A fake yet important scene was portrayed at the Bramlage Coliseum west parking lot Friday, a decontamination training exercise conducted by the 172nd Chemical Company at Fort Riley.
The scenario envisioned a situation where 1,400 people attended a concert at Bill Snyder Family Stadium. Three explosions occurred involving radiological dispersal devices. The company’s task was to treat the victims.
About 83 soldiers treated 50 role-playing victims as a part of the yearly training the company undergoes.
The exercise is important to let the community know that the group is ready for any situation, said James Barkley, observer controller for U.S. Army North. Barkley graded the company’s performance in the drill, which followed a week of intensive emergency training.
The training exercise occurred close to where the National Bio- and Agro-Defense Facility is to be built, although Barkley said the location was a coincidence.
He said they needed a big area to conduct the training, and K-State let them use the parking lot. “As far as NBAF, I don’t know anything about it,” he said. “I’m just here to help the guys.”
In addition to the Fort Riley soldiers, the exercise included personnel from K-State Police Department and members of Riley County’s emergency medical services and fire department. The local officials serve as the leaders of any situation of this nature, Barkley said.
“When these soldiers get out, they know they are supporting the local community,” he said.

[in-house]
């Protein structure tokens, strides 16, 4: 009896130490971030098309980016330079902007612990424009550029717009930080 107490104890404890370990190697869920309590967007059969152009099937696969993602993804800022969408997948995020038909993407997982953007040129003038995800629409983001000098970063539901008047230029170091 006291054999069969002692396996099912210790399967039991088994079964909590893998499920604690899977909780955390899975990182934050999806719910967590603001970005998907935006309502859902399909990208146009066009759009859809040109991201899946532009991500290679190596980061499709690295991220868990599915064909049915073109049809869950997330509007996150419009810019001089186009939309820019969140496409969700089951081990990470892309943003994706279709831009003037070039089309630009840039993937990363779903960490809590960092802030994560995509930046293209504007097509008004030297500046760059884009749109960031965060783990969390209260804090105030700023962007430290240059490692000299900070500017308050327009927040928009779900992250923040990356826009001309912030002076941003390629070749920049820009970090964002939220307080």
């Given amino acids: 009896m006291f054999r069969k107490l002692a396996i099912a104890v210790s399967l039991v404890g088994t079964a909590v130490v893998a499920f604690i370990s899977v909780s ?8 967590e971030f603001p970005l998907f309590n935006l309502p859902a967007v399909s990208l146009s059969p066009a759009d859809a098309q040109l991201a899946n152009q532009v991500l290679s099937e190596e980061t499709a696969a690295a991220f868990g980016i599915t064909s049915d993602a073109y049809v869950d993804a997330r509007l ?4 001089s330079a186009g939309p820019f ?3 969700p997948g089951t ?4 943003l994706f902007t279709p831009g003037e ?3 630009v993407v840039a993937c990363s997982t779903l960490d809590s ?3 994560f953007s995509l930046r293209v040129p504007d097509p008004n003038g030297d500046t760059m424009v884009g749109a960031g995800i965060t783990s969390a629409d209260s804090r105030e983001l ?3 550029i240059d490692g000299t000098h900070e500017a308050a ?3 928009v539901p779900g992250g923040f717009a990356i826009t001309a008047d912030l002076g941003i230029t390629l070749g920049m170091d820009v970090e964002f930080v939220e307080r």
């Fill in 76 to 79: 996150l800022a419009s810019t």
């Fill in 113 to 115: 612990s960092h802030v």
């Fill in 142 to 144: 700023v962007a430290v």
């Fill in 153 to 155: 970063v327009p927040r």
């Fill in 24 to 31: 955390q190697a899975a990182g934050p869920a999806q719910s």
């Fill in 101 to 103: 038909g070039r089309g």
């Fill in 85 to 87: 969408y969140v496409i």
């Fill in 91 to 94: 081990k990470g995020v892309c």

Two tents set up in the parking lot served as decontamination sites. In them, the soldiers treated victims for exposure to chemical, biological or radiological contamination.
In the tents, soldiers removed clothing, washed and rinsed the victims, and monitored them. Then, victims were redressed and sent to medical personnel to be taken to the hospital.
Mostly civilians filled the victim roles, responding to a Craigslist posting. Three moulage artists from Advance Technical Education Consultants helped create realistic looking wounds, using injury profiles for each victim.
One of the artists, Charlie Perry, said the injuries included abrasions, blisters, cuts, bruising, possible fractures and burns. “We’re trying to replicate what would happen in a stadium like this,” Perry said.
Perry worked on various victims including Breann Farrell. Farrell, 19, played a 77-year-old woman who couldn’t find her husband. “I think I look good for my age,” she said. Her face was red due to her itching exposed skin. She also had shrapnel from being in the general area of the blast.
Farrell found out about the job from Austin Shepherd, 19. Shepherd played a 47-year-old man who didn’t display any obvious trauma but felt sick. His character had blood splattered on the left side of his face.
“Apparently, this isn’t my blood,” Shepherd said. “Somebody too close to me was blasted.”